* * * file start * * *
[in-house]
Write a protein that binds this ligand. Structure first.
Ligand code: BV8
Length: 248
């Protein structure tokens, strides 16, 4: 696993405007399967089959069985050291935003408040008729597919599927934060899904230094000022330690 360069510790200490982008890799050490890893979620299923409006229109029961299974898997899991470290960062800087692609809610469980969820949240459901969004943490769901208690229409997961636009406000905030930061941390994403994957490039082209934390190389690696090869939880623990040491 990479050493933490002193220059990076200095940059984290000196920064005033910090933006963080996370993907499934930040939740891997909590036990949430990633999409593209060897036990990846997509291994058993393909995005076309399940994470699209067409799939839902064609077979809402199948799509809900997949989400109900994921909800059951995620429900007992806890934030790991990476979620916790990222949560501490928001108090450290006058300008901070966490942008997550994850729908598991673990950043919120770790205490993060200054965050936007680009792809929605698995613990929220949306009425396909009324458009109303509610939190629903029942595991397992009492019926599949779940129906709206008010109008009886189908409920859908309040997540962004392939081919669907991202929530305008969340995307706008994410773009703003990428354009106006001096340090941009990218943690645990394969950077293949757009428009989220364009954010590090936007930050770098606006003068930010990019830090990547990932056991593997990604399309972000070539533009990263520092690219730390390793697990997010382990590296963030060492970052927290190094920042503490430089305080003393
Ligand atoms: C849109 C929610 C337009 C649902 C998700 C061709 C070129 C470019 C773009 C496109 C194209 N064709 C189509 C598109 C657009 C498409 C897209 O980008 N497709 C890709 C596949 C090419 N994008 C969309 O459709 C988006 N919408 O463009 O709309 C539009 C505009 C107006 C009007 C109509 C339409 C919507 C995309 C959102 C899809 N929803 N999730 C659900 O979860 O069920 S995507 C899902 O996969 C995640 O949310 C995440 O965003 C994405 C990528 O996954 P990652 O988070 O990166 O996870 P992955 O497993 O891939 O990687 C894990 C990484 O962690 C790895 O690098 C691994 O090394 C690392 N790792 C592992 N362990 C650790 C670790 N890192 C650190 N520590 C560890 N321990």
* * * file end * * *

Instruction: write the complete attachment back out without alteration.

[in-house]
Write a protein that binds this ligand. Structure first.
Ligand code: BV8
Length: 248
């Protein structure tokens, strides 16, 4: 696993405007399967089959069985050291935003408040008729597919599927934060899904230094000022330690 360069510790200490982008890799050490890893979620299923409006229109029961299974898997899991470290960062800087692609809610469980969820949240459901969004943490769901208690229409997961636009406000905030930061941390994403994957490039082209934390190389690696090869939880623990040491 990479050493933490002193220059990076200095940059984290000196920064005033910090933006963080996370993907499934930040939740891997909590036990949430990633999409593209060897036990990846997509291994058993393909995005076309399940994470699209067409799939839902064609077979809402199948799509809900997949989400109900994921909800059951995620429900007992806890934030790991990476979620916790990222949560501490928001108090450290006058300008901070966490942008997550994850729908598991673990950043919120770790205490993060200054965050936007680009792809929605698995613990929220949306009425396909009324458009109303509610939190629903029942595991397992009492019926599949779940129906709206008010109008009886189908409920859908309040997540962004392939081919669907991202929530305008969340995307706008994410773009703003990428354009106006001096340090941009990218943690645990394969950077293949757009428009989220364009954010590090936007930050770098606006003068930010990019830090990547990932056991593997990604399309972000070539533009990263520092690219730390390793697990997010382990590296963030060492970052927290190094920042503490430089305080003393
Ligand atoms: C849109 C929610 C337009 C649902 C998700 C061709 C070129 C470019 C773009 C496109 C194209 N064709 C189509 C598109 C657009 C498409 C897209 O980008 N497709 C890709 C596949 C090419 N994008 C969309 O459709 C988006 N919408 O463009 O709309 C539009 C505009 C107006 C009007 C109509 C339409 C919507 C995309 C959102 C899809 N929803 N999730 C659900 O979860 O069920 S995507 C899902 O996969 C995640 O949310 C995440 O965003 C994405 C990528 O996954 P990652 O988070 O990166 O996870 P992955 O497993 O891939 O990687 C894990 C990484 O962690 C790895 O690098 C691994 O090394 C690392 N790792 C592992 N362990 C650790 C670790 N890192 C650190 N520590 C560890 N321990």